When two independently indentified differentially expressed sequences clustered in the assembly in the same contig, it was assumed to be a recent duplication.

Quantitative real-time PCR

500 ng of DNA-free total RNA was converted into single-stranded DNA using a mix of random and oligo-dT20 primers according to the ABgene protocol (ABgene). Real-time PCR oligonucleotide primers were designed using the online Primer3 internet based interface Primers were designed by the rules of highest maximum efficiency and sensitivity rules were followed to avoid formation of self and hetero-dimers, hairpins and self-complementarity. Gene-specific primers were designed on the basis of sequences obtained for selected P. c-album genes and two additional genes as potential housekeeping genes (ribosomal protein subunit 18S and elongation initiation factor 4) to serve as the endogenous control (normalizer) [see Additional file 2].

Both house-keeping primers were thoroughly tested. RPS 18 was the most consistent gene, and this was then used for the further analysis. QRT-PCR was done in optical 96-well plates on a MX3000P Real-Time PCR Detection System (Stratagene) using the Absolute QPCR SYBR green Mix (ABgene) to monitor double-stranded DNA synthesis in combination with ROX as a passive reference dye included in the PCR master mix.

Scoring of expression similarities

Similarities in gene regulation were scored by counting upregulation (+/++) versus no expression (-). A semi-quantitative measure of upregulation was obtained by visually differentiating between strong (++) and weak (+) bands. The number of genes that were uniquely upregulated in any of the three plants, and the number of genes that were similarly upregulated in a pair of plants were then compared and analyzed with χ2 goodness-of-fit tests (Figure 1 and 2).


  1. Dethier VG: Chemical factors determining the choice of food plants by Papilio larvae. Am Nat. 1941, 75: 61-73.

    Article  Google Scholar 

  2. Ehrlich PR, Raven PH: Butterflies and plants: a study in coevoution. Evolution. 1964, 18: 586-608.

    Article  Google Scholar 

  3. Fraenkel GS: The raison d'être of secondary plant substances. Science. 1959, 129: 1466-1470.

    Article  CAS  PubMed  Google Scholar 

  4. Thorsteinson AJ: Host selection in phytophagous insects. Annu Rev Entomol. 1960, 5: 193-218.

    Article  Google Scholar 

  5. Bernays EA: Host range in phytophagous insects - the potential role of generalist predators. Evol Ecol. 1989, 3: 299-311.

    Article  Google Scholar 

  6. Becerra JX: Insects on plants: macroevolutionary chemical trends in host use. Science. 1997, 276: 253-256.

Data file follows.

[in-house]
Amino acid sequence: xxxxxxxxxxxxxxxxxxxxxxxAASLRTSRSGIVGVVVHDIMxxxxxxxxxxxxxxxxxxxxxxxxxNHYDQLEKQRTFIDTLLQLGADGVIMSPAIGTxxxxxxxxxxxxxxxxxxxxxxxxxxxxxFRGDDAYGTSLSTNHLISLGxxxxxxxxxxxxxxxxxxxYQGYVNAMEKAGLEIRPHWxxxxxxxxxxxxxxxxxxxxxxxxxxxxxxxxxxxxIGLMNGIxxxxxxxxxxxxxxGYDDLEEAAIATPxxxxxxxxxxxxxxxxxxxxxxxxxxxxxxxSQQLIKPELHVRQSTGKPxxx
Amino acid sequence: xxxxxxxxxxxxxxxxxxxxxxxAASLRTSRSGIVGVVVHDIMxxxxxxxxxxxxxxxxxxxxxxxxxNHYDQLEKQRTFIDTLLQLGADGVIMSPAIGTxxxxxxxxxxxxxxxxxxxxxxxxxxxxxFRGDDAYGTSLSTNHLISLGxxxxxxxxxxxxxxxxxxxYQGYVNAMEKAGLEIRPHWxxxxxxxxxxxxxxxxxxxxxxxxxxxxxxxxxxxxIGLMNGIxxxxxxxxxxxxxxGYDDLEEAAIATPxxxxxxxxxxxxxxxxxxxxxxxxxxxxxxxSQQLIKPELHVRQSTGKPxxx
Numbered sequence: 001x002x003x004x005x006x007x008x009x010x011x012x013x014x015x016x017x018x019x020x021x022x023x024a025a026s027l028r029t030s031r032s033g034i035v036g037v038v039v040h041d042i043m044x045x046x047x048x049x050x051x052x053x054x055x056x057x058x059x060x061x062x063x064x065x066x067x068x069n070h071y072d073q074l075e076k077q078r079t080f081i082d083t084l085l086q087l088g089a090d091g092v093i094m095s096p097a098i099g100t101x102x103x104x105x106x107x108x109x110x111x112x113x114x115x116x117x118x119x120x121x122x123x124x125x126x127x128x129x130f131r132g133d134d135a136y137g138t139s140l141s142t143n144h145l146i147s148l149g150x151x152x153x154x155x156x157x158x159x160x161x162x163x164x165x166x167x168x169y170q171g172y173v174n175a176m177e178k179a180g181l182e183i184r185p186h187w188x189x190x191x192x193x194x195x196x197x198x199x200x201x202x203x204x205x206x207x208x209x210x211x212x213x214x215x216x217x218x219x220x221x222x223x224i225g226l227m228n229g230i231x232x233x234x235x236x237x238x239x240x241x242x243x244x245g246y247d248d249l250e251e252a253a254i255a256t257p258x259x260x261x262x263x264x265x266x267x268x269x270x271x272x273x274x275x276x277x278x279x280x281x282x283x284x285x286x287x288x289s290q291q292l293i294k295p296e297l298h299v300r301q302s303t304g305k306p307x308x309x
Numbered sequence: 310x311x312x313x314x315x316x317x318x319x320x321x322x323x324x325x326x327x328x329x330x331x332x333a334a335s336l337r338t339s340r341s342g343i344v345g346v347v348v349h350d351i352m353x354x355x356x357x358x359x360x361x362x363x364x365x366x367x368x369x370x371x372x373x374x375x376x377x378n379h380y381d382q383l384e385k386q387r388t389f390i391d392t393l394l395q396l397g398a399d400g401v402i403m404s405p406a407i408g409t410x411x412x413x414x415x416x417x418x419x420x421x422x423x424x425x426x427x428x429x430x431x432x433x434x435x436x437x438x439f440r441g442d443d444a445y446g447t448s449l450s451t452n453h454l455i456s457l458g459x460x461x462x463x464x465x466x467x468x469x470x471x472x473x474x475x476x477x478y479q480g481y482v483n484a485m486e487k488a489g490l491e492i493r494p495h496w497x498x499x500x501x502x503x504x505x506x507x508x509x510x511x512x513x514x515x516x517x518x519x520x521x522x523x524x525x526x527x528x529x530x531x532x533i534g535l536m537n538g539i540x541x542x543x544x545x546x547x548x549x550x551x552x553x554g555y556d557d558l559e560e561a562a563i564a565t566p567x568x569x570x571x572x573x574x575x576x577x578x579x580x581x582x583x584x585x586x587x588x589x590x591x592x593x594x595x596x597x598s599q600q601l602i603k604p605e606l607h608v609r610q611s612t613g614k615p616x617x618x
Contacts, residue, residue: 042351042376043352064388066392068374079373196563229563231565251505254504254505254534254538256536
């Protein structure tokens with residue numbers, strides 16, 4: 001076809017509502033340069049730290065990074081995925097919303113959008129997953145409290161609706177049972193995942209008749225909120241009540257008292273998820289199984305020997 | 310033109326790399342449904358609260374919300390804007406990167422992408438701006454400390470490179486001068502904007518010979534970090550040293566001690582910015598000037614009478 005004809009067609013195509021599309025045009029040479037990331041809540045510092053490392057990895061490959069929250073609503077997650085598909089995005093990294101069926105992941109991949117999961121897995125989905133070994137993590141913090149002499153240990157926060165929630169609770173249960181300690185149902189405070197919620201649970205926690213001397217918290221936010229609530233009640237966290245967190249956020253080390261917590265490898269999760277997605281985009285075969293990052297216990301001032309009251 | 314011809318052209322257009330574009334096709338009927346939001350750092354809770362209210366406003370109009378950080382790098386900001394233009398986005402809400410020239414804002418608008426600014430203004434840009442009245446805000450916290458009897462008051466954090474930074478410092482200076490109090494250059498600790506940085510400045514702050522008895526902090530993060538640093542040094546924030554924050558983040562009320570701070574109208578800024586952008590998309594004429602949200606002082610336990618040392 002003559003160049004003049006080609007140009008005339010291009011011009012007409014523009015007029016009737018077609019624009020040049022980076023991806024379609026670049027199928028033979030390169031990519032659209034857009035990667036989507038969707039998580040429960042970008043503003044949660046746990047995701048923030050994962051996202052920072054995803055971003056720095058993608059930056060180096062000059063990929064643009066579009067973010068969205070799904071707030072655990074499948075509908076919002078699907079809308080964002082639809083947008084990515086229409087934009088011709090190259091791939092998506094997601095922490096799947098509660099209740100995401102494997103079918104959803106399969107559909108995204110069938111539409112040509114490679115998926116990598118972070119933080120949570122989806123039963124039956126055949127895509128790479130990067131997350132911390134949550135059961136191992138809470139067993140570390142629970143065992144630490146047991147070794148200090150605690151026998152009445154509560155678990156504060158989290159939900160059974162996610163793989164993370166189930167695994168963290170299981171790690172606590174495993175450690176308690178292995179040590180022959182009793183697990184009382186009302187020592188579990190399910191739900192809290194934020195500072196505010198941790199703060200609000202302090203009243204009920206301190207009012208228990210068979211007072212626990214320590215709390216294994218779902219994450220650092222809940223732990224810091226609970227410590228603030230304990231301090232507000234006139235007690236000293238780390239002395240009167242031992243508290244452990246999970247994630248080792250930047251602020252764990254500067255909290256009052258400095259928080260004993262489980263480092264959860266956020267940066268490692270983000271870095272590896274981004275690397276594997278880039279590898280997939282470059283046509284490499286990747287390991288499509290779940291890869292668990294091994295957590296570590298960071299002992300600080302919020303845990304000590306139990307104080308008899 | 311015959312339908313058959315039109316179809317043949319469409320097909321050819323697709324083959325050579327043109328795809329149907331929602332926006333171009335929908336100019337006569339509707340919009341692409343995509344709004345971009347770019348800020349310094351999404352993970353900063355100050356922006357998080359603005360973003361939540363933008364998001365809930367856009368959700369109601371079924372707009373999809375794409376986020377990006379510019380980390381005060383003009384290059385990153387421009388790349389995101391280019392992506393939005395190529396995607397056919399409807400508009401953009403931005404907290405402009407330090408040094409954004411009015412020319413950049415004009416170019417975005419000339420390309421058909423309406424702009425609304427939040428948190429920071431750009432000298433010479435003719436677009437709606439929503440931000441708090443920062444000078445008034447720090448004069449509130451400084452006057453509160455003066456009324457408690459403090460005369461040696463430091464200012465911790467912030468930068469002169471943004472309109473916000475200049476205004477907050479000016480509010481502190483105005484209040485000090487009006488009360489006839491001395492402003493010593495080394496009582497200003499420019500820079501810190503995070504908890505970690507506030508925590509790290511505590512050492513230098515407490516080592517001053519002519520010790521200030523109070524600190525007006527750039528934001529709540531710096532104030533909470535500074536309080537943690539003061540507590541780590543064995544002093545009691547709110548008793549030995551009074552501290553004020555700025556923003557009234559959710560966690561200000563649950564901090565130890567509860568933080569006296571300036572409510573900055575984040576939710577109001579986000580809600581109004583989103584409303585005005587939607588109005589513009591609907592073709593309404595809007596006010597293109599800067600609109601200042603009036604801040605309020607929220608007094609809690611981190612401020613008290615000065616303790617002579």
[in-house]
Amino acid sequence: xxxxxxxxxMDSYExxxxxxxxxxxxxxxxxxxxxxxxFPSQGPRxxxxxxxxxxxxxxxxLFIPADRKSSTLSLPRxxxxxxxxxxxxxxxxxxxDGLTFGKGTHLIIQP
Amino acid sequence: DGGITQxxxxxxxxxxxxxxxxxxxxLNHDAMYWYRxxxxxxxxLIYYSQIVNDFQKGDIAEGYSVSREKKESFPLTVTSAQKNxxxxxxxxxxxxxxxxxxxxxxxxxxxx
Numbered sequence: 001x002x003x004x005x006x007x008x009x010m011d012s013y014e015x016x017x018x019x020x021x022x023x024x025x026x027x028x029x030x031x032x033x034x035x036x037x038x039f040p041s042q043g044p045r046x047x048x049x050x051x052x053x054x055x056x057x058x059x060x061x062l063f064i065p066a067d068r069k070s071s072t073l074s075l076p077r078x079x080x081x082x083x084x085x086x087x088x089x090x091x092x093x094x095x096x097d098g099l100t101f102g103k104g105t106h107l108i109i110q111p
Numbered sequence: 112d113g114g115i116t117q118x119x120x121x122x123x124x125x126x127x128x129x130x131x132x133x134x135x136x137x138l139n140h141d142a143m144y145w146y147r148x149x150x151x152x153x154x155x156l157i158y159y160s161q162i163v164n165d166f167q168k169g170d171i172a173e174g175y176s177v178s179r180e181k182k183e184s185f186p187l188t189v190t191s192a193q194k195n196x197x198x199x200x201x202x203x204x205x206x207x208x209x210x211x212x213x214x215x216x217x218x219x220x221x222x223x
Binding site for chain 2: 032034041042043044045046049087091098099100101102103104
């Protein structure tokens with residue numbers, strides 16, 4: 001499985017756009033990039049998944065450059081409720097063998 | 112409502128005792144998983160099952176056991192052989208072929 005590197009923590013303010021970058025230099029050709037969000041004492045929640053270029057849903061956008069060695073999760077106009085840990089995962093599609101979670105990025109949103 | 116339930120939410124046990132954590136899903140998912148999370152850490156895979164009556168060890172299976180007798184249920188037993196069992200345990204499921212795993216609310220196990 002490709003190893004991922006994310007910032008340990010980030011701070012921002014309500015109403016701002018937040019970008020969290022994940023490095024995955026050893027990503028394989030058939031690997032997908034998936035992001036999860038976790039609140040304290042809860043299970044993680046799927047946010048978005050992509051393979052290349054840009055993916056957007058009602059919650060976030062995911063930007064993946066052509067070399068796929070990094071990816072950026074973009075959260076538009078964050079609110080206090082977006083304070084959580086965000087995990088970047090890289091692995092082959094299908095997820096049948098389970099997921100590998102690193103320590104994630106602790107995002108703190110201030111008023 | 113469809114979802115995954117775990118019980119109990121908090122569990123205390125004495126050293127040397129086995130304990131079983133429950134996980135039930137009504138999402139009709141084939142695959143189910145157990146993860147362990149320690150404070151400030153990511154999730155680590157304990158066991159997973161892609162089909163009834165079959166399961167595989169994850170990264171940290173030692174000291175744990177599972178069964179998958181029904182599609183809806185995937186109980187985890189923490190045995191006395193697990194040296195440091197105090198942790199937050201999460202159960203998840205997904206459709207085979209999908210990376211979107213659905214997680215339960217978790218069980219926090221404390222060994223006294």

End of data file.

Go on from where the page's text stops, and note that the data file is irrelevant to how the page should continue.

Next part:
Article  CAS  PubMed  Google Scholar 

  7. Futuyma DJ, Keese MC, Scheffer SJ: Genetic constraints and the phylogeny of insect-plant associations - responses of Ophraella communa (Coleoptera, Chrysomelidae) to host plants of its congeners. Evolution. 1993, 47: 888-905.

    Article  Google Scholar 

  8. Janz N, Nyblom K, Nylin S: Evolutionary dynamics of host-plant specialization: a case study of the tribe Nymphalini. Evolution. 2001, 55: 783-796.

    Article  CAS  PubMed  Google Scholar 

  9. Janz N, Nylin S: Butterflies and plants: a phylogenetic study. Evolution. 1998, 52: 486-502.

    Article  Google Scholar 

  10. Kergoat GJ, Delobel A, Fediere G, Le Ru B, Silvain JF: Both host-plant phylogeny and chemistry have shaped the African seed-beetle radiation. Mol Phyl Evol. 2005, 35: 602-611.

    Article  CAS  Google Scholar 

  11. Lopez-Vaamonde C, Charles H, Godfray J, Cook JM: Evolutionary dynamics of host-plant use in a genus of leaf-mining moths. Evolution. 2003, 57: 1804-1821.

    Article  PubMed  Google Scholar 

  12. Menken SBJ: Pattern and process in the evolution of insect-plant associations: Yponomeuta as an example. Entomol Exp Appl. 1996, 80: 297-305.

    Article  Google Scholar 

  13. Murphy SM, Feeny P: Chemical facilitation of a naturally occurring host shift by Papilio machaon butterflies (Papilionidae). Ecological Monographs. 2006, 76: 399-414.

    Article  Google Scholar 

  14. Ronquist F, Liljeblad J: Evolution of the gall wasp-host plant association. Evolution. 2001, 55: 2503-2522.

    CAS  PubMed  Google Scholar 

  15. Ohshima I, Yoshizawa K: Multiple host shifts between distantly related plants, Juglandaceae and Ericaceae, in the leaf-mining moth Acrocercops leucophaea complex (Lepidoptera: Gracillariidae). Mol Phyl Evol. 2006, 38: 231-240.

    Article  CAS  Google Scholar 

  16. Wahlberg N: The phylogenetics and biochemistry of host-plant specialization in Melitaeine butterflies (Lepidoptera: Nymphalidae). Evolution. 2001, 55: 522-537.

    Article  CAS  PubMed  Google Scholar 

  17. Feeny P: Plant apparency and chemical defence. Recent Advances in Phytochemistry: Biological Interactions Between Plants and Insects. Edited by: Wallace JW, Mansell RL. 1976, Plenum Press, New York, 10: 1-40.

    Chapter  Google Scholar 

  18. Chew FS, Courtney SP: Plant apparency and evolutionary escape from insect herbivory. Am Nat. 1991, 138: 729-750.